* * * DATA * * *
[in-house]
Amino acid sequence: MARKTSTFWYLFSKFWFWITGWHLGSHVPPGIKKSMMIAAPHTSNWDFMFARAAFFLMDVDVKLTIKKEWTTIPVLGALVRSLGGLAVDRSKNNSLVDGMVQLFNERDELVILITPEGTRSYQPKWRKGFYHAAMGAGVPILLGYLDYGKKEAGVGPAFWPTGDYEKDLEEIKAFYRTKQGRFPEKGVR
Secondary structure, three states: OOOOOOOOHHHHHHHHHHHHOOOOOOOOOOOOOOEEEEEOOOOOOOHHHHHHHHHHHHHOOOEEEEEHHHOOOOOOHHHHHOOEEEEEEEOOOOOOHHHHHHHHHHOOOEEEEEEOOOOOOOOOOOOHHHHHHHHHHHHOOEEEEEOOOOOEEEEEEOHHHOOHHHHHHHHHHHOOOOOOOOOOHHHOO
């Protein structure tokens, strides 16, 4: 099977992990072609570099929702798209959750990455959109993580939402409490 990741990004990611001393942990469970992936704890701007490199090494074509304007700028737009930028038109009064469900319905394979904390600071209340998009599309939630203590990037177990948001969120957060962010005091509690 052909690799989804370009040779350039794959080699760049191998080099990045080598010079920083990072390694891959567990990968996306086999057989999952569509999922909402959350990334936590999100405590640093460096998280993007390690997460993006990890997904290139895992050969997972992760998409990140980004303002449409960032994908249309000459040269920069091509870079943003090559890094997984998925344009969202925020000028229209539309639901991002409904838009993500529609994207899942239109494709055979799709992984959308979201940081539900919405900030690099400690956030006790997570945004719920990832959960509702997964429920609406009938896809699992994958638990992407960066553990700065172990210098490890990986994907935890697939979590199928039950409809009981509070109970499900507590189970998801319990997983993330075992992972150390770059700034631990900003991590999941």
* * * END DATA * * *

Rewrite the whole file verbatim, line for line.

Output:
[in-house]
Amino acid sequence: MARKTSTFWYLFSKFWFWITGWHLGSHVPPGIKKSMMIAAPHTSNWDFMFARAAFFLMDVDVKLTIKKEWTTIPVLGALVRSLGGLAVDRSKNNSLVDGMVQLFNERDELVILITPEGTRSYQPKWRKGFYHAAMGAGVPILLGYLDYGKKEAGVGPAFWPTGDYEKDLEEIKAFYRTKQGRFPEKGVR
Secondary structure, three states: OOOOOOOOHHHHHHHHHHHHOOOOOOOOOOOOOOEEEEEOOOOOOOHHHHHHHHHHHHHOOOEEEEEHHHOOOOOOHHHHHOOEEEEEEEOOOOOOHHHHHHHHHHOOOEEEEEEOOOOOOOOOOOOHHHHHHHHHHHHOOEEEEEOOOOOEEEEEEOHHHOOHHHHHHHHHHHOOOOOOOOOOHHHOO
């Protein structure tokens, strides 16, 4: 099977992990072609570099929702798209959750990455959109993580939402409490 990741990004990611001393942990469970992936704890701007490199090494074509304007700028737009930028038109009064469900319905394979904390600071209340998009599309939630203590990037177990948001969120957060962010005091509690 052909690799989804370009040779350039794959080699760049191998080099990045080598010079920083990072390694891959567990990968996306086999057989999952569509999922909402959350990334936590999100405590640093460096998280993007390690997460993006990890997904290139895992050969997972992760998409990140980004303002449409960032994908249309000459040269920069091509870079943003090559890094997984998925344009969202925020000028229209539309639901991002409904838009993500529609994207899942239109494709055979799709992984959308979201940081539900919405900030690099400690956030006790997570945004719920990832959960509702997964429920609406009938896809699992994958638990992407960066553990700065172990210098490890990986994907935890697939979590199928039950409809009981509070109970499900507590189970998801319990997983993330075992992972150390770059700034631990900003991590999941």